RFID Playing Card Reader

I found out about a man who became blind later in life and wanted a way to still play cards with his wife. Some tactile symbols on the cards could definitely be an option. Alternately I was curious how quickly and cheaply I could set up an electronic RFID reader to tell him what the cards were. Not sure how optimal of a solution it is, but here’s where I got in an hour. Speakers are used for this demo, but in actual use headphones would be preferred.

One way of electronically identifying objects is with RFID tags like these that I used.
Those particular ones have the form factor of stickers, making them easy to attach.

You can pretty affordably get an RFID tag reader like this one, that can be easily used with an Arduino or Raspberry Pi.

Special thanks to Adafruit for the easy quality parts, great tutorials, and easy to grab and modify code. That made putting together this quick test super easy. One great tutorial relevant to this project is here.

This project runs on a Raspberry Pi, connects to an RFID reader breakout over SPI to read the RFID tags attached to the playing cards, and then speaks the name of the card it detected. To do the text-to-speech on a Raspberry Pi there are many options, some of which listed here. The option I used in the video was Google’s text to speech option, which requires an internet connection, but sounds pretty good. Another option I tried was espeak, but it sounded a little too robotic for my taste, at least with the default settings.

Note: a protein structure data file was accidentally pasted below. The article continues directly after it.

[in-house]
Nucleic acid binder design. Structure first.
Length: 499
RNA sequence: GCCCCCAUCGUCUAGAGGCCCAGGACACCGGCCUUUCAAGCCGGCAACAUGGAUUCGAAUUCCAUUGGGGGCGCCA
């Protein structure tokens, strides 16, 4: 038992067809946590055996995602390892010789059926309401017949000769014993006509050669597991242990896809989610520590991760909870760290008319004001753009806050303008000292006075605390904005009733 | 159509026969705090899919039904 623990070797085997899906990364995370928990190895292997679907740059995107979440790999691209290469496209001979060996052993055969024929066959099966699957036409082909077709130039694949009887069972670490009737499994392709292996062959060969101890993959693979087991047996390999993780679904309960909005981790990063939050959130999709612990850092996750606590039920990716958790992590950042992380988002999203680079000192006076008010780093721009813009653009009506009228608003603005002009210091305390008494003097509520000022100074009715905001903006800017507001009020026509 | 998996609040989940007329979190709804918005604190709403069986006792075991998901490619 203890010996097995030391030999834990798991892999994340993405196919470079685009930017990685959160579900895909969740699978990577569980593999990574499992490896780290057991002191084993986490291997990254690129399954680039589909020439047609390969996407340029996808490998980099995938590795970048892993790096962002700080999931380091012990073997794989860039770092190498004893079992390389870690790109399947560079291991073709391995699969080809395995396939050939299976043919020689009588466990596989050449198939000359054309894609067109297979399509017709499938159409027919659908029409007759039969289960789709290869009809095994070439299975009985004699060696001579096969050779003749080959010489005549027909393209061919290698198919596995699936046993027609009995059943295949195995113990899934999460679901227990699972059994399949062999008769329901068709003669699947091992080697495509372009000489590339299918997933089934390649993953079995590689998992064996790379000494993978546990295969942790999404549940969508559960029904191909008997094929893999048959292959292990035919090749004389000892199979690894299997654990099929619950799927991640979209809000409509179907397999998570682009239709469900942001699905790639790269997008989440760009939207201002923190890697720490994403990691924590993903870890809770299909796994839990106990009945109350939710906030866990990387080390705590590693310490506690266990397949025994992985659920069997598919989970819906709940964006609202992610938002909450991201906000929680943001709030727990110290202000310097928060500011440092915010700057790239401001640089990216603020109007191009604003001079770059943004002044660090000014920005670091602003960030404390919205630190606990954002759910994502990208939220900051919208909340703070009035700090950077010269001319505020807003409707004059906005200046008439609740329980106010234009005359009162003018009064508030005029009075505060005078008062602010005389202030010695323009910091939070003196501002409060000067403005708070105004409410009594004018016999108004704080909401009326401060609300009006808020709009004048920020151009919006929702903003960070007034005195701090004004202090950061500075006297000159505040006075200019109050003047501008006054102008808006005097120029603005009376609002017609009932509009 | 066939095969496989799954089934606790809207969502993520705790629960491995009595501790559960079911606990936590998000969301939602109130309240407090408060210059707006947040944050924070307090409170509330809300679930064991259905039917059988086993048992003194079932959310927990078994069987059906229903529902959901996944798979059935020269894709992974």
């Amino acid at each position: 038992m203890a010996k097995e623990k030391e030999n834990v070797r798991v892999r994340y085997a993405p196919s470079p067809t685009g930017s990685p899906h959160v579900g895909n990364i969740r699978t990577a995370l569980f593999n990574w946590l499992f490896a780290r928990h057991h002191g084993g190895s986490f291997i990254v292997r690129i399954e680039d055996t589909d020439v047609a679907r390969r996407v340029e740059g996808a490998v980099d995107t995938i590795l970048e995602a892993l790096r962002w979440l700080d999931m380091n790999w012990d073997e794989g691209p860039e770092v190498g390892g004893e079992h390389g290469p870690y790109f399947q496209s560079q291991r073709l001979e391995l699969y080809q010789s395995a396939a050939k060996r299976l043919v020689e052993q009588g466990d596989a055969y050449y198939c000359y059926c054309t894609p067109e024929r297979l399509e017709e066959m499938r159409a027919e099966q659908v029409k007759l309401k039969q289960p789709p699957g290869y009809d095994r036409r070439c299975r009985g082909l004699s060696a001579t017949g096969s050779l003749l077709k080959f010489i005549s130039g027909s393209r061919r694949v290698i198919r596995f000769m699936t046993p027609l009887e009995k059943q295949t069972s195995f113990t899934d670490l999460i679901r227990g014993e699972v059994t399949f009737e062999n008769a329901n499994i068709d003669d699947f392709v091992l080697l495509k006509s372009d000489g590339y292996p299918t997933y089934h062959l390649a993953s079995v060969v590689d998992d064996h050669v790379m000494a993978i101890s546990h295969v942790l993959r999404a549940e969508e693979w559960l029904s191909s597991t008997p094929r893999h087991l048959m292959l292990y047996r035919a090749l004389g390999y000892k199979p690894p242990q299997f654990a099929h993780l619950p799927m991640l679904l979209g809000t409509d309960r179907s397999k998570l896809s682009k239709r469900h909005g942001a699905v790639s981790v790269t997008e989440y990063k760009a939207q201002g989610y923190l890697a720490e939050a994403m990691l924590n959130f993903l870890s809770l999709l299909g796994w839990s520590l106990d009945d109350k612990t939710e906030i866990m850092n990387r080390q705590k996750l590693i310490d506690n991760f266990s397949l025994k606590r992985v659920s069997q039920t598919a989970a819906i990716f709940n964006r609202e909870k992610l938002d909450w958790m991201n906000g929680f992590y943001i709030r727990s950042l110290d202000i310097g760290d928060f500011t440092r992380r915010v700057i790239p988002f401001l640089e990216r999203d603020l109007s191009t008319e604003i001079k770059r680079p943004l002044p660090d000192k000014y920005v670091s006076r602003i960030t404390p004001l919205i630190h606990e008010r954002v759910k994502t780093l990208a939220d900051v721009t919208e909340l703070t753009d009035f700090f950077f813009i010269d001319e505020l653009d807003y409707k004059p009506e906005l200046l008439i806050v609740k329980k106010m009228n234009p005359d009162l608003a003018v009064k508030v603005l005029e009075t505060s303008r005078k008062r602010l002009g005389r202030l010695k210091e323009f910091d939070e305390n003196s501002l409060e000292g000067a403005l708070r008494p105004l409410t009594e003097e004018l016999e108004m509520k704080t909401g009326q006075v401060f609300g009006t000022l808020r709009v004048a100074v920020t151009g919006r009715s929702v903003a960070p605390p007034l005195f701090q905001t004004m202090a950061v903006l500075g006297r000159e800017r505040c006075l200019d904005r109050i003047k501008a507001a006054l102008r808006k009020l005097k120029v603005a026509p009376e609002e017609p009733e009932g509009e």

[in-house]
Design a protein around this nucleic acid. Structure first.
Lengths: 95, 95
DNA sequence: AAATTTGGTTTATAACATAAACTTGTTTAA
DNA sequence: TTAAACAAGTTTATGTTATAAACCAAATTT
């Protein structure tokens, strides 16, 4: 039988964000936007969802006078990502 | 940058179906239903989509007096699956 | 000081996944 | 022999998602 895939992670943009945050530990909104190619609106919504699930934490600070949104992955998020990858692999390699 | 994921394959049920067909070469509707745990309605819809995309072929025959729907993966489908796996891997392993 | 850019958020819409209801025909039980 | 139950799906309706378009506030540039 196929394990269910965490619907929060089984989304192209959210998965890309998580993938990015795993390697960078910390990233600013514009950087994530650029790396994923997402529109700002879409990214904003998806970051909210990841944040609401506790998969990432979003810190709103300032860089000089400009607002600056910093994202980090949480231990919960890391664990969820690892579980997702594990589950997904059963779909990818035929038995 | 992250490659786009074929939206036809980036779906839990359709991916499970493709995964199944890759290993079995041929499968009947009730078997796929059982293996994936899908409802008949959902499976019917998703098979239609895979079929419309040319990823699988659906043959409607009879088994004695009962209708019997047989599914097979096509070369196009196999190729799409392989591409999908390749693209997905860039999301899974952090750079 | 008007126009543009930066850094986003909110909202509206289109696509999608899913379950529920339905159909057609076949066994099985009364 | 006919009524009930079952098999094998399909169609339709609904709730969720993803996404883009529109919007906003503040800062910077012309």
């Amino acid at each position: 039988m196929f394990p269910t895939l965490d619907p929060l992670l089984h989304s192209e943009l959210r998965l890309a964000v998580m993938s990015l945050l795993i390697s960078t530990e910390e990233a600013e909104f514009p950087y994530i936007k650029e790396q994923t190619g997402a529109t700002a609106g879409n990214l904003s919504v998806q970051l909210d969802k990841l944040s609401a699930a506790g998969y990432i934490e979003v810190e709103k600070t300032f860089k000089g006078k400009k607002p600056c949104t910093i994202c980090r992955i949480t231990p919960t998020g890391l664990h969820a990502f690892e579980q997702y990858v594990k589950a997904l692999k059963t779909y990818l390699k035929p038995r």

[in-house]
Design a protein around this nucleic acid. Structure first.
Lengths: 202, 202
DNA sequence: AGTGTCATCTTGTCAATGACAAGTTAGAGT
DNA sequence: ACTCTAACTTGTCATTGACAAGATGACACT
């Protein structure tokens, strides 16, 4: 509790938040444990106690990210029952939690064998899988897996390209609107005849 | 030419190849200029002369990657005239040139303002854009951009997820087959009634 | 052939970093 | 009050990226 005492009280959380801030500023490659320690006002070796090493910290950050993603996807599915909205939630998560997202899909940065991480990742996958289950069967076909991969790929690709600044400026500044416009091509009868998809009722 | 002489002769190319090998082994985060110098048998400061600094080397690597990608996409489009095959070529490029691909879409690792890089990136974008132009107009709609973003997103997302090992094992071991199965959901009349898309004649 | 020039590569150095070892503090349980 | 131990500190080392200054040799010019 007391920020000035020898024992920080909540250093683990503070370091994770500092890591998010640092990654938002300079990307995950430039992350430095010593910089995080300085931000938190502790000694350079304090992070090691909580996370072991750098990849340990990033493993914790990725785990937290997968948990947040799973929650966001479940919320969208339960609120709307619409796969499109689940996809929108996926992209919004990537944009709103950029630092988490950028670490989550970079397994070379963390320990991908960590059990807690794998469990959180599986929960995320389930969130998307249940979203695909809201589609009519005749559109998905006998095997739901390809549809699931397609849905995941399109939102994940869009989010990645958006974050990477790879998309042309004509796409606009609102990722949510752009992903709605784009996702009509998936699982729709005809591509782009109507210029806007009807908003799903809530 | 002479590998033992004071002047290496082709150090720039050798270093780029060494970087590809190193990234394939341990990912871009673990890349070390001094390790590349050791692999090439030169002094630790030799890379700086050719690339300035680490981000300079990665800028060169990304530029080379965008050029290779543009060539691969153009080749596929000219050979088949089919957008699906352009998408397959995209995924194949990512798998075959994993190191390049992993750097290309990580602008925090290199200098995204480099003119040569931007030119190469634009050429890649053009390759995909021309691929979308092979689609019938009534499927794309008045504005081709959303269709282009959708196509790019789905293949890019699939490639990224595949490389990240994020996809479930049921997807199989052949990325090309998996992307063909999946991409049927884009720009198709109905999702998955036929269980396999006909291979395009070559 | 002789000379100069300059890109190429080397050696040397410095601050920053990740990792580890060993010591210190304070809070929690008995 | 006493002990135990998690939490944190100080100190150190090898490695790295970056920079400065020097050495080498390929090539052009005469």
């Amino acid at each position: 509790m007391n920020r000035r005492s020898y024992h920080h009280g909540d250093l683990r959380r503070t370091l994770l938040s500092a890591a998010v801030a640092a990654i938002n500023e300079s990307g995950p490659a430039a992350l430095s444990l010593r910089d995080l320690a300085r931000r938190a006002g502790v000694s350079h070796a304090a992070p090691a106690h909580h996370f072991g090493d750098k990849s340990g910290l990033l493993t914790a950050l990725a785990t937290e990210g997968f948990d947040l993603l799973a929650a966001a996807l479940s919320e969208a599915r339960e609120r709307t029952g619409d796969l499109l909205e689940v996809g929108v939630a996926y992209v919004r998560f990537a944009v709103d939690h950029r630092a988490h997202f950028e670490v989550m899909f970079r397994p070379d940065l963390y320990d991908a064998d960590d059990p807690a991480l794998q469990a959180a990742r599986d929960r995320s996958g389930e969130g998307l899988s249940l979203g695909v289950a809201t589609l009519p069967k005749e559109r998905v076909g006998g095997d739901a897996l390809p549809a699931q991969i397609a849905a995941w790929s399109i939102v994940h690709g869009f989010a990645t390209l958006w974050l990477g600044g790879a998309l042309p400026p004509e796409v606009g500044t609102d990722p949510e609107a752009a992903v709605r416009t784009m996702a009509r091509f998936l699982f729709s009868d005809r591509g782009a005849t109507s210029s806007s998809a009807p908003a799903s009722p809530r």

You can find the final code I used here.


4 thoughts on “RFID Playing Card Reader

  1. Hi, I am a bridge pro player ( a card game), in recent years we got cheating scandals for top players exchanging information with their partner using body signals, one way to avoid it would be to put partner away from vision and detecting which cards he plays to show them on a screen,

    This would also help with automatic broadcasting of games played at top level.

    Do you think this would be possible?

    1. Hello. My apologies for the very delayed response. Hopefully you have already found the info you need. In general it is possible with RFID tagged cards and the right reader. Or alternately, with a computer vision setup to read the cards.

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